Blog Topic: Thoracic Scheuermann’s Kyphosis
What is thoracic kyphosis? From the side the human spine is wavy, unlike the view from the front in which it should be straight. The only part of the spine with kyphosis is the thoracic spine, the cervical and lumbar spine are in lordosis.
How much thoracic kyphosis is normal? In general normal kyphosis is in the 20-50 degree range. A higher degree of kyphosis is called hyper-kyphosis
What are the different types of hyper-kyphosis? There are broad, and sometimes overlapping, sub-groups in hyper-kyphosis:
1. 1. Congenital: parts of the spine never developed or separated or both
2. 2. Postural: this type of increased kyphosis is flexible, some is of thought of “slouching”. When they lay down the kyphosis improves
3. 3. Syndromic/Neuromuscular
4. 4. Post-traumatic: after a spine fracture
5 5. Scheuermann’s
What is Thoracic Scheuermann’s Kyphosis?
Angular wedging >5 degrees per level over 3 consecutive levels, called Sorensen’s criteria. Instead of the vertebra being the normal rectangular shape, they become trapezoidal, shorter in the front than in the back.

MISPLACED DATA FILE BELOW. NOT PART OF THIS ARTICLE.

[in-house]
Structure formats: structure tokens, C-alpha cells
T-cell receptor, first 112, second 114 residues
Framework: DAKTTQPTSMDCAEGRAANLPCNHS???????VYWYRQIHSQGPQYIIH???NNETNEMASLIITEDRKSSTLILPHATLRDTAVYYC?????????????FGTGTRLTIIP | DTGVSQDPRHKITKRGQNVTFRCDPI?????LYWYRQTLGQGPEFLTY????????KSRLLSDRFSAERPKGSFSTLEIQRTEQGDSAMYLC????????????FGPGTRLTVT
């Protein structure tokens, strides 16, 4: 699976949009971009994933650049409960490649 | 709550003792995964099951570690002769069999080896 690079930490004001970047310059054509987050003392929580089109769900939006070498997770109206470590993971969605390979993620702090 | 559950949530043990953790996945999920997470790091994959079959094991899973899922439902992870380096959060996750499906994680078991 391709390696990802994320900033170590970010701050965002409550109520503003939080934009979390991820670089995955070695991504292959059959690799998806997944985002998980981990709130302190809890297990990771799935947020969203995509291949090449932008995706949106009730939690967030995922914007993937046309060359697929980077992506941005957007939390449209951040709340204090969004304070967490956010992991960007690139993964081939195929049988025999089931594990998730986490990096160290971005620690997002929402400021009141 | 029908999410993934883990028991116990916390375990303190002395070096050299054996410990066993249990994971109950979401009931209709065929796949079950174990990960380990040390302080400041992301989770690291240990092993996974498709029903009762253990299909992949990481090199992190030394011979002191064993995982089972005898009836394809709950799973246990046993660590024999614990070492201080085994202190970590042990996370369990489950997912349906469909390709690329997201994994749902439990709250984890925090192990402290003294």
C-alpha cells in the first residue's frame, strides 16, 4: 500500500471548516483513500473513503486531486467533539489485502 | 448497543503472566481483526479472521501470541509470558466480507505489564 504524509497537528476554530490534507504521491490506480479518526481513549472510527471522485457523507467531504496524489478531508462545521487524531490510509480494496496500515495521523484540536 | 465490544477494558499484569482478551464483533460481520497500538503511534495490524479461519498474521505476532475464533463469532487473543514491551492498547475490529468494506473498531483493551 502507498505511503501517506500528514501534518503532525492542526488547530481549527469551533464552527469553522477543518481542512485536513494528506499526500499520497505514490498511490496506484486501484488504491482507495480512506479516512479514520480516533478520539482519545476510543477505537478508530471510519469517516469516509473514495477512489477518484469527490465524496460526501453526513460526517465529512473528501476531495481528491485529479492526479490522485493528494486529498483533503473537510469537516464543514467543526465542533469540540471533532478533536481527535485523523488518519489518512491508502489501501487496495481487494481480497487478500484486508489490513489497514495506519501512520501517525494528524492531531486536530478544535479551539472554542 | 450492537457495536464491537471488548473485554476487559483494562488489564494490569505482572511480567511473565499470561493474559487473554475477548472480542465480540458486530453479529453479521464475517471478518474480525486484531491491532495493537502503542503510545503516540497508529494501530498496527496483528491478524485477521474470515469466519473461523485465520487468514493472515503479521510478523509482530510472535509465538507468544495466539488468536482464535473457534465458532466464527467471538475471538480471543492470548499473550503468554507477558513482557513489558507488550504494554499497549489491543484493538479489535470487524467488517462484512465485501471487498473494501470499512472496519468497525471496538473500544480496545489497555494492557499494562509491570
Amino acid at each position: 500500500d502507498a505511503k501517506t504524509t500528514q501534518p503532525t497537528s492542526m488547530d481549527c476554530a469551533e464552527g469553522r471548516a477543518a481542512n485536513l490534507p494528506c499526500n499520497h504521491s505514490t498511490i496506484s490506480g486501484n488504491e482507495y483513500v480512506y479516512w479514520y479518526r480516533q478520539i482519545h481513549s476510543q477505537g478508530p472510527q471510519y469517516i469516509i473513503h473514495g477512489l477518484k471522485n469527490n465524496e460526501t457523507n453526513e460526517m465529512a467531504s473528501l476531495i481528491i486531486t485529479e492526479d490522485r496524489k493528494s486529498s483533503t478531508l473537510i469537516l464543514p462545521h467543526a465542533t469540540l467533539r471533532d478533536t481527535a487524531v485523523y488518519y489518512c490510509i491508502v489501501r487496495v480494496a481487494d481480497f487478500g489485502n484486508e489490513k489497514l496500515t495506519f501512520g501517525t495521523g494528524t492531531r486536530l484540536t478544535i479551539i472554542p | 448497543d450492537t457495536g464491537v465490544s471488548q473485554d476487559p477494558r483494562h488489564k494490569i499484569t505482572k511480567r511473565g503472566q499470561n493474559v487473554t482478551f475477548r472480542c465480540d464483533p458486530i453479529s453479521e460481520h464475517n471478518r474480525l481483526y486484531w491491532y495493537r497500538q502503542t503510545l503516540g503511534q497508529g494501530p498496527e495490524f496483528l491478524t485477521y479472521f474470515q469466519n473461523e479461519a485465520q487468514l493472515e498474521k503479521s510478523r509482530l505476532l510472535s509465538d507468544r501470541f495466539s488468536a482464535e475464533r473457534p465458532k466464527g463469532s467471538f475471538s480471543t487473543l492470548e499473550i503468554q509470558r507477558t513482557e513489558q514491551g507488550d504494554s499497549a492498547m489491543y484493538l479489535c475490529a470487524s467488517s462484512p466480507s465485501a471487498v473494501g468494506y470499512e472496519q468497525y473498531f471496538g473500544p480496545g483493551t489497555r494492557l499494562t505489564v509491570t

How does is develop? No one is exactly certain, but we do know it is due to asymmetric growth of the vertebra which occurs during the pubertal growth spurt, the second fastest time of spine growth. So the individuals are normal alignment when they are 9-10 years of age and then develop more and more kyphosis as they go through puberty.
Is it due to sports or wearing a heavy backpack? No
Can it be prevented? If it is identified very early bracing may be an option to prevent worsening.
What are the main symptoms of Scheuermann’s?
1. The obvious physical changes of the body, the pronounced angular deformity of the back.
2. Back pain. Pain develops over the angular area of the back and also the low back, which needs to hyperextend to compensate for the increased thoracic kyphosis.
Can physical therapy help? Physical therapy can help the back pain related to Scheuermann’s. Working on aerobic conditioning and strengthening the back and core musculature can decrease pain. However, it will not change the Scheuermann’s deformity.
When is surgery an option? In general surgery is an options for deformities greater than 75 degrees and the patient is having significant back pain which is not responsive to nonsurgical management (physical therapy, over-the-counter medications, weight loss, aerobic conditioning).
Does surgery have to be done for deformities >75 degrees? No. If the person doesn’t have significant pain then surgery is not needed.
What is the long-term implications of Thoracic Scheuermann’s Kyphosis? Mainly pain. All the other quality of life measures, such as function, job, etc… is the same with and without Scheuermann’s kyphosis.
The next blog post will be on the surgery for Thoracic Scheuermann’s Kyphosis……